Note: This article is concerned with ServiceNow database views, which are, in baseline implementations, only available for configuration by ServiceNow administrators.
ServiceNow is built to be dependent on database tables to capture and store data. ServiceNow reporting helps make sense of this data. Reporting on existing tables, without having to delve into some advanced options, provides a great deal of flexibility. For example, when reporting on the ServiceNow Incident table, you can easily create a filter that will show all open incidents related to change requests that are also open. This is possible because the fields that exist on tables referenced by the source table can be used in filter conditions. The ServiceNow database schema map displays the details of tables and their relationships visually, allowing administrators to view and effortlessly access different parts of the database schema.
There are some scenarios where it may be inefficient or impossible to find the insight you’re looking for by reporting from a single table. For example, there may be scenarios where several tables contribute to the scenario you’re analyzing or the relationships between associated data can’t be quantified using the referencing capabilities of baseline reporting on basic tables. For these scenarios, it may be helpful to utilize a Database View. A ServiceNow Database View is a pseudo-table representing a join between several contributing tables. The rows consist of combinations of contributing source records that share values according to pre-indicated mappings.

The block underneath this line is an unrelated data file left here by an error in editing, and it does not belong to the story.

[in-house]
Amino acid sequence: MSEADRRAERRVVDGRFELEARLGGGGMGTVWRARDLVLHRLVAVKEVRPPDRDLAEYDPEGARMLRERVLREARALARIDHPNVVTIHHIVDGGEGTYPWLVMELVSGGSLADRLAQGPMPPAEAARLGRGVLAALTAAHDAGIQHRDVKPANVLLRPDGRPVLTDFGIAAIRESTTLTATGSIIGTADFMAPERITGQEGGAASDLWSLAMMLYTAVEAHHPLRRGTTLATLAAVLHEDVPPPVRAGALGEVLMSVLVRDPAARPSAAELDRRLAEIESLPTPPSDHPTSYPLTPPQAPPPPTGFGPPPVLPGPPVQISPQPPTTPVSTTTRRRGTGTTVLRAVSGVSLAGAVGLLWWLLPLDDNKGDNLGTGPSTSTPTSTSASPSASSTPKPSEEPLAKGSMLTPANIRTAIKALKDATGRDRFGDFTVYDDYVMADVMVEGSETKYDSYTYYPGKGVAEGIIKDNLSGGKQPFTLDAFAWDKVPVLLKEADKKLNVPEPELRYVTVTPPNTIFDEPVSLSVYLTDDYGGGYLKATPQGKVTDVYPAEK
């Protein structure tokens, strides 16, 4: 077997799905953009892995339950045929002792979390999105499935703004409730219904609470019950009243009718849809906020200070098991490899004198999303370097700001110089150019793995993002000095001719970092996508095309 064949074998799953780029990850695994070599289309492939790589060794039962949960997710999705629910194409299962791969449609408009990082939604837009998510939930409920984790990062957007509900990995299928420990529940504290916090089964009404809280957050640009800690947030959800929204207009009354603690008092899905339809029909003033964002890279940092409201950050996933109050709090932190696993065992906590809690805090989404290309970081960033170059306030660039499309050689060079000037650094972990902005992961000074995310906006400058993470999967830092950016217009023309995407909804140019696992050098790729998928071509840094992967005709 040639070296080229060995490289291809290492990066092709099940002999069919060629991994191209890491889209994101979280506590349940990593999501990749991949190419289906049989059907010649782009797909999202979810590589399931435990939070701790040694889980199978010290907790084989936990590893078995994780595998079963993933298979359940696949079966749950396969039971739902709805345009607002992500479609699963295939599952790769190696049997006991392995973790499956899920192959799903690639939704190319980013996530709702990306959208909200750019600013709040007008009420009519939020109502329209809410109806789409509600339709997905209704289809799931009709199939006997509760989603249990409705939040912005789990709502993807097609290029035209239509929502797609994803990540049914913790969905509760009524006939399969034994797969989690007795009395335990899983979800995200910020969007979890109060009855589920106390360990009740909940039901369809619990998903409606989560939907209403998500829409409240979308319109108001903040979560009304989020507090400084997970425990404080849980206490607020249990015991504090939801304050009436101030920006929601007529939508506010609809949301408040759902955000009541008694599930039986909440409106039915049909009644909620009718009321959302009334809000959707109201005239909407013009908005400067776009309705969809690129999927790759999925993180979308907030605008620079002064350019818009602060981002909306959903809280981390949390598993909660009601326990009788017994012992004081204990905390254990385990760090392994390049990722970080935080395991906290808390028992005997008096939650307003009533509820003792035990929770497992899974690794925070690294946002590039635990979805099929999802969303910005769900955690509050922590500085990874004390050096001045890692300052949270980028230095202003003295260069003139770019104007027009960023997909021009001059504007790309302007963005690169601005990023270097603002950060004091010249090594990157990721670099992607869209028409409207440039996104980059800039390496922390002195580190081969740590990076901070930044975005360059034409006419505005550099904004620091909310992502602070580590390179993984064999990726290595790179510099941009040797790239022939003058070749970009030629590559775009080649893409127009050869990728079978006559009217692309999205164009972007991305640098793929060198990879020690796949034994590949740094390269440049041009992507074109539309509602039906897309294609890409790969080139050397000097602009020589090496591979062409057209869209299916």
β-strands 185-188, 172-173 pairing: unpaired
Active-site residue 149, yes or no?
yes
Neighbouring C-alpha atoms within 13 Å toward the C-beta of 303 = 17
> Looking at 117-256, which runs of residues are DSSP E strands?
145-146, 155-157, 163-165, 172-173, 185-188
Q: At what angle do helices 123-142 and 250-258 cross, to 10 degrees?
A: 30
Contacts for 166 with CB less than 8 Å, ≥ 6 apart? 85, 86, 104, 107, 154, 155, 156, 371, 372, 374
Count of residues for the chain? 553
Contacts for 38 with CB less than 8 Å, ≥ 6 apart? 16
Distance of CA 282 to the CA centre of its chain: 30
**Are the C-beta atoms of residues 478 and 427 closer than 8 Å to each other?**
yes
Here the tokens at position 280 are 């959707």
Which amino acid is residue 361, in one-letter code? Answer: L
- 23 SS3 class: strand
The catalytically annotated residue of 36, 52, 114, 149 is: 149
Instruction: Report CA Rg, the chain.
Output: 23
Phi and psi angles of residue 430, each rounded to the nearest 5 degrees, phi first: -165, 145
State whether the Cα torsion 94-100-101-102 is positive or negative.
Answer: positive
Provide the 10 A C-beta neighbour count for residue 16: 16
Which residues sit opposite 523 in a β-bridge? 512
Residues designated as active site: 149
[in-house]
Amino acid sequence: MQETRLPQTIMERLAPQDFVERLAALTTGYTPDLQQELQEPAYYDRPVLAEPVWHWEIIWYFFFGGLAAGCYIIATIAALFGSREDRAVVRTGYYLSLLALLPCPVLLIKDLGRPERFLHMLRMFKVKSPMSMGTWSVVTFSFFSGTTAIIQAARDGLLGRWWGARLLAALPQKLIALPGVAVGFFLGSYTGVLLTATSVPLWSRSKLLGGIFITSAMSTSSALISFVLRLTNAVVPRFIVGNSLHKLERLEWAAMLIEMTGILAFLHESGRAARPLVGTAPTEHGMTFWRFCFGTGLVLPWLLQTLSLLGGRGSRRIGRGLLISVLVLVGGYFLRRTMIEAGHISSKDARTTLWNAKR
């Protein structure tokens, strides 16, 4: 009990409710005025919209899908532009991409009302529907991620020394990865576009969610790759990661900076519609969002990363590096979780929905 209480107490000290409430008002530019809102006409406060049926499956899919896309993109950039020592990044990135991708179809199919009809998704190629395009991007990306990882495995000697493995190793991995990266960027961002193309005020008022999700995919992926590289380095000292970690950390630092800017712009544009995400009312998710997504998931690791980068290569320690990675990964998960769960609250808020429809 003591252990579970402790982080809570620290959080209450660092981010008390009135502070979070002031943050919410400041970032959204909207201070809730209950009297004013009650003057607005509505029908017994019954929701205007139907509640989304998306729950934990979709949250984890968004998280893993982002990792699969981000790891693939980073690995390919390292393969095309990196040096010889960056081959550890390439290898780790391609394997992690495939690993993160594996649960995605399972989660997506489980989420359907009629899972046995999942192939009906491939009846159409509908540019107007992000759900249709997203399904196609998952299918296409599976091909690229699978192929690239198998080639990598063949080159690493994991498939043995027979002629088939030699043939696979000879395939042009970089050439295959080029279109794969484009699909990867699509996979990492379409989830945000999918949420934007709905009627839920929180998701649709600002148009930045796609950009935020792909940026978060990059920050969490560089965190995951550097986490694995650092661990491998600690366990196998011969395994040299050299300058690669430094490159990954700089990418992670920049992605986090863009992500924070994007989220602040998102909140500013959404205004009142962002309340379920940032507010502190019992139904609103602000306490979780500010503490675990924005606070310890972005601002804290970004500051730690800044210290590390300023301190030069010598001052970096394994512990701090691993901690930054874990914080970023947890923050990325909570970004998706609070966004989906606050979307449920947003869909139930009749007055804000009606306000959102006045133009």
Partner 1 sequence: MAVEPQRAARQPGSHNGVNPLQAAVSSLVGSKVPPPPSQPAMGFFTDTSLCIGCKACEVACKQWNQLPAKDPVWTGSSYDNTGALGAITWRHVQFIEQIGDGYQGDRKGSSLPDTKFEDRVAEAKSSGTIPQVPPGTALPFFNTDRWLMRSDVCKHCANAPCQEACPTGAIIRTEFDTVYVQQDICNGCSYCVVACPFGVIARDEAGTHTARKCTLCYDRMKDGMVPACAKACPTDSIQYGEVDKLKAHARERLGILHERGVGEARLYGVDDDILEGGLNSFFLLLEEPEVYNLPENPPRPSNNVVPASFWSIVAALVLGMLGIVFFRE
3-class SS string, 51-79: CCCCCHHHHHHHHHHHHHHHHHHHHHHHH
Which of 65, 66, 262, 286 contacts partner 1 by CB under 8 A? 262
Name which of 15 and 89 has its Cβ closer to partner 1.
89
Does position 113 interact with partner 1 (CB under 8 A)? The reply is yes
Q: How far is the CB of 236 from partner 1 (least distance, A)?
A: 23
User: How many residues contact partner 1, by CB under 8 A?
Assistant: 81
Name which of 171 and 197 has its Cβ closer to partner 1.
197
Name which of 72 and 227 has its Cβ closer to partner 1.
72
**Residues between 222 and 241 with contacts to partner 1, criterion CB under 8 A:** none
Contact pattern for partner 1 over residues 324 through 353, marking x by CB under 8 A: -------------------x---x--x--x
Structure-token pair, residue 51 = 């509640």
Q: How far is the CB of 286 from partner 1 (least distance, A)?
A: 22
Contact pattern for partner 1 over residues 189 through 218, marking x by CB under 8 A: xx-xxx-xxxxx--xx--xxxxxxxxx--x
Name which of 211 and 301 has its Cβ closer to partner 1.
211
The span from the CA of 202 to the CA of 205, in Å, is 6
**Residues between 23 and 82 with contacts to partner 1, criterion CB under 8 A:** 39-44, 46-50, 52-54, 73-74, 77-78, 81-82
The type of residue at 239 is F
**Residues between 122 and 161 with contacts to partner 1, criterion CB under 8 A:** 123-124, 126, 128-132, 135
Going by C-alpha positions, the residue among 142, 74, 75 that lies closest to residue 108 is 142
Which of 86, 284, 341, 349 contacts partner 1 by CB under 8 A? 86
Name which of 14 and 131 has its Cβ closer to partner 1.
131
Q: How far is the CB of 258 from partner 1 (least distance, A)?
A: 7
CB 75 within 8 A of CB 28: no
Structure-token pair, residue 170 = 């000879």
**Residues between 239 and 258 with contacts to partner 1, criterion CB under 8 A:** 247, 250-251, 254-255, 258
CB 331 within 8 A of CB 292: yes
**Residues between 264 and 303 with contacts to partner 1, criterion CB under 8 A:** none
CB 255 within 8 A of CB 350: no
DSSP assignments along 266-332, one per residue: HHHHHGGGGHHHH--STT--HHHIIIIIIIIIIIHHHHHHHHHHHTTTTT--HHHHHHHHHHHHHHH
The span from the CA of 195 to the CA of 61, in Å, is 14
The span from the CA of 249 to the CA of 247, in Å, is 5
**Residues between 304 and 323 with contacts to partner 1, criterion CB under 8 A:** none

As an example, we will look at the baseline Incident Metric Database View. This View in Database joins the Metric Definition, Metric Instance, and Incident tables.
To access this database view, which should be available in your instance, visit the Database Views module found within the System Definition application menu. From the list view, search for the “incident_metric” record. The form for this record appears above.
The Database View form itself is relatively sparse. You will only need to define the name of the database view, its description, and the label/pluralization used to identify this view in other places within the platform. The essential data here is defined in the records found in the View Tables related list.
As a result of this definition, you will have access to report on things like “High Priority Incidents ‘In Progress’ for 3+ Days,” “Incidents Resolved on First Call (by Category),” or other such scenarios that would be difficult or impossible to report on without utilizing the functionality of Database Views.